10. The annual plan will be agreed with Scottish Ministers and the Department of Justice in Northern Ireland in so far as it relates to activities in Scotland and Northern Ireland respectively. The Home Secretary must approve the annual plan before it is issued.

11. In order to account to the public and Parliament for the NCA’s activity over the year, the Director General will publish the NCA annual report at the end of each financial year. The report will include a detailed assessment of how the NCA has delivered against its annual plan. It will be laid before the UK Parliament, Scottish Parliament and Northern Ireland Assembly. [added emphasis]

Finally, on accountability, SOCA, being a reserved item, allowed for

An agreement for the establishment in relation to members of the staff of the Serious Organised Crime Agency of procedures corresponding or similar to any of those established by virtue of this Part may, with the approval of the Secretary of State, be made between the [NI Police] Ombudsman and the Agency.

That is amended, appropriately, in the Crime and Courts Bill establishing the NCA

(8) In section 60ZA of the Police (Northern Ireland) Act 1998 (Serious Organised Crime Agency: complaints)—

(a) in the title, for “Serious Organised Crime Agency” substitute “The National Crime Agency”;
(b) in subsection (1), for “members of the staff of the Serious Organised Crime Agency” substitute “National Crime Agency officers”;
(c) in subsection (6), for “member of the staff of the Agency” substitute “National Crime Agency officer”;

Furthermore, we have an indication of what those procedures are.  From the Home Office NCA factsheet: “independent scrutiny – inspections and complaints

18. In Northern Ireland, the Office of the Police Ombudsman of Northern Ireland will provide independent scrutiny of any complaints made against the conduct of NCA officers, hearing appeals regarding complaints and independently investigating serious cases, such as allegations of gross misconduct or where NCA activity results in a death.

And from the Office of the Police Ombudsman of Northern Ireland’s management statement 2012 [pdf file]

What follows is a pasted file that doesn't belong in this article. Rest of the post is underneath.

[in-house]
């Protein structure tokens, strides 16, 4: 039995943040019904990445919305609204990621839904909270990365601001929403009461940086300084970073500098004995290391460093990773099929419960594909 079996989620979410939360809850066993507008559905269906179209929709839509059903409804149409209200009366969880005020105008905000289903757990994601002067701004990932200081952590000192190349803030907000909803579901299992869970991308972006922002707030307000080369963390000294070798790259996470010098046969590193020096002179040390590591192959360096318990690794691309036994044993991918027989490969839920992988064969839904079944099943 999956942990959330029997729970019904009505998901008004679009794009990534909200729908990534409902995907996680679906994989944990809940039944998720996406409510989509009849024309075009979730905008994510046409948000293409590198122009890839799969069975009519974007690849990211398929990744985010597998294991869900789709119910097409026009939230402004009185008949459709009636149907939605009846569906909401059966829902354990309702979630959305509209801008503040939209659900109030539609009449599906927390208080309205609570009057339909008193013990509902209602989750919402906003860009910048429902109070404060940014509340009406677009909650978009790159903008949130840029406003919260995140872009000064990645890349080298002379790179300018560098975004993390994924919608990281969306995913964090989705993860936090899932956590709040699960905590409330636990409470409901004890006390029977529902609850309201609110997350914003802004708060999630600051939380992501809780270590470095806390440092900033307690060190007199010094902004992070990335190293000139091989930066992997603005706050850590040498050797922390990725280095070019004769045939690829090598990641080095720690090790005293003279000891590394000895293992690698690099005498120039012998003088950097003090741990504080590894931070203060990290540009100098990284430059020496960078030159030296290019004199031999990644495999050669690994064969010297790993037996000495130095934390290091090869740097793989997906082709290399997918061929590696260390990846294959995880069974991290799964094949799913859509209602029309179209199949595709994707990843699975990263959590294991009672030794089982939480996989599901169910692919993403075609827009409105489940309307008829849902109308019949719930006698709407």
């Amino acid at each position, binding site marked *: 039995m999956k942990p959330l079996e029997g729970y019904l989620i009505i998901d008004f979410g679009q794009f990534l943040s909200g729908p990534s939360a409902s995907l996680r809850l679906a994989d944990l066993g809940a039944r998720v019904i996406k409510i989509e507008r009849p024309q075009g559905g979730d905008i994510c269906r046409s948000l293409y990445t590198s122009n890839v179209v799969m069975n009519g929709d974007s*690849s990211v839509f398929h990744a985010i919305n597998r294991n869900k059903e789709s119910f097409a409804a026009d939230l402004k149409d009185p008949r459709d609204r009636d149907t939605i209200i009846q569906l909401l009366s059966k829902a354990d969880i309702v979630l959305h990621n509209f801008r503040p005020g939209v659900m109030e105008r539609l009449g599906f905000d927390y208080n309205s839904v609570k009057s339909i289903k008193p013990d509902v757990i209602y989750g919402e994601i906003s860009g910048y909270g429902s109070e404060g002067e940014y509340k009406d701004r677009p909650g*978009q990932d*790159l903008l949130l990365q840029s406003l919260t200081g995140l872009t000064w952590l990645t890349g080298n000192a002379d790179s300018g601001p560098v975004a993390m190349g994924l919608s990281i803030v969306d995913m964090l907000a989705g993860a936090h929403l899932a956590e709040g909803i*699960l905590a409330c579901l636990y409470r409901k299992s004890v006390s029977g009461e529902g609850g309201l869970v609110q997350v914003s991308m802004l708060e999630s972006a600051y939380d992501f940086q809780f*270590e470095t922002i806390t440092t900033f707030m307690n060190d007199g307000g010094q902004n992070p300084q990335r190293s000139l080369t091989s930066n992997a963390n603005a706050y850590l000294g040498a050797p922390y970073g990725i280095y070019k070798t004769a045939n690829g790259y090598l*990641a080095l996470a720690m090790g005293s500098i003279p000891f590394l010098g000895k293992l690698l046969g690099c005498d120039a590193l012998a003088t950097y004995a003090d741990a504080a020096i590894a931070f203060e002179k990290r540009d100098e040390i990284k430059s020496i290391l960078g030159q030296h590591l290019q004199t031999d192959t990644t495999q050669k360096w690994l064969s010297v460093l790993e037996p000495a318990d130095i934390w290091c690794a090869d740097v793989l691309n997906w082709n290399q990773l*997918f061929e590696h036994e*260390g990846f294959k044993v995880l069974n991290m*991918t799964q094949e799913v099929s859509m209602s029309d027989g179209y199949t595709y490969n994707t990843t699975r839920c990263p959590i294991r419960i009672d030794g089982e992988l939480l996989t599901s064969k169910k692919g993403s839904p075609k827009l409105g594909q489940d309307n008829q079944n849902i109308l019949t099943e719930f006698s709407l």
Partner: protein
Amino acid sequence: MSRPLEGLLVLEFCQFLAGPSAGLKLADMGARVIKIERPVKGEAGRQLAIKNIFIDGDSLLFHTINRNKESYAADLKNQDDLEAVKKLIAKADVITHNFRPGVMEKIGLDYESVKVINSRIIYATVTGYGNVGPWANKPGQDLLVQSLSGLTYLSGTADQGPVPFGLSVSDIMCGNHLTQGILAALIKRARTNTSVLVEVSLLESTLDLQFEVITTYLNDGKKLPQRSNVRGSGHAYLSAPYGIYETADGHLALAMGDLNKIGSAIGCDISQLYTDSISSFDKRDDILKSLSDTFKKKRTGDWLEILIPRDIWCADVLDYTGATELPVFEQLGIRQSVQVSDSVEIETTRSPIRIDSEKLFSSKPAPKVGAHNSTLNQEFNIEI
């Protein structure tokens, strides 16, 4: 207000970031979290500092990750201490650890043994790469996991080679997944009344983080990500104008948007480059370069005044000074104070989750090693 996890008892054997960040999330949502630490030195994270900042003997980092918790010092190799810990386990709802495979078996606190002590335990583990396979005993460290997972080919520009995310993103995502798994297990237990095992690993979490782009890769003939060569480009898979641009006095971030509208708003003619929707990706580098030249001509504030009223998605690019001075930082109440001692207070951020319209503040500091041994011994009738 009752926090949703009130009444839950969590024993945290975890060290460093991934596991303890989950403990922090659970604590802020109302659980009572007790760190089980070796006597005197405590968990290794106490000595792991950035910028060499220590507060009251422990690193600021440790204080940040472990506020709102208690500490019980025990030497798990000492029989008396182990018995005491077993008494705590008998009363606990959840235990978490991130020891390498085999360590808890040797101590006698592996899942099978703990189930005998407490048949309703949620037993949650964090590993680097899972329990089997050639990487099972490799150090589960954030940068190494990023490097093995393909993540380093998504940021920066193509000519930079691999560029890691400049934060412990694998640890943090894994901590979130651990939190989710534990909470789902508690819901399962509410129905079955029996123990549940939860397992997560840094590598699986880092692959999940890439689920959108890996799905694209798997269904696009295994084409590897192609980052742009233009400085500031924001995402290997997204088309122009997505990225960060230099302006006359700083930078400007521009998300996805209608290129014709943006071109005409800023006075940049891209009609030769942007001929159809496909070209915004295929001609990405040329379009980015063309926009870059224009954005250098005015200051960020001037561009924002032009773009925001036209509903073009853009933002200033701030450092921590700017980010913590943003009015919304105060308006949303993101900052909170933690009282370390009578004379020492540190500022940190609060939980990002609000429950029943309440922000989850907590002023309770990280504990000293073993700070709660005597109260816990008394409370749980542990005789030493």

The Office of the Police Ombudsman for Northern Ireland provides an independent impartial police complaints system for the people and the police of Northern Ireland. It investigates complaints against the Police Service of Northern Ireland, the Belfast Harbour Police, the Larne Harbour Police, the Belfast International Airport Police and Ministry of Defence Police in Northern Ireland and the Serious Organised Crime Agency when its staff operates in this jurisdiction. The Office is also responsible for the investigation of criminal allegations made against staff of the UK Borders Agency whilst exercising the powers of constable in Northern Ireland. [added emphasis]

Of course, despite the current protestations from Sinn Féin that “[they] clearly recognise the imperative of co-operation between different agencies to combat organised crime”, the party has opposed the activities of the Serious Organised Crime Agency.  Particularly when those activities involved their good friends…

[But Soca is just a front for the MI5 ..! – Ed]   Ah, yes, the “Something, Something, Something, Dark Side…” 

They have “a sound working partnership” with the PSNI, you know.  No doubt the NCA will do the same.

As for the SDLP’s stated position

“Setting local policing priorities, local control of operations and ensuring local accountability are critical in the fight against serious and organised crime. All of this will be completely undermined if the National Crime Agency is extended to Northern Ireland.

“There is a case to be made for the need for a National Crime Agency in Britain where there are multiple constabularies but that need is not demonstrated in Northern Ireland where there is one police force.

“Scotland is wise to oppose this move. We should do the same.

They must have missed the activities of SOCA…

And some in Scotland are still dreaming of a Scottish MI5 an “independent domestic intelligence machinery”.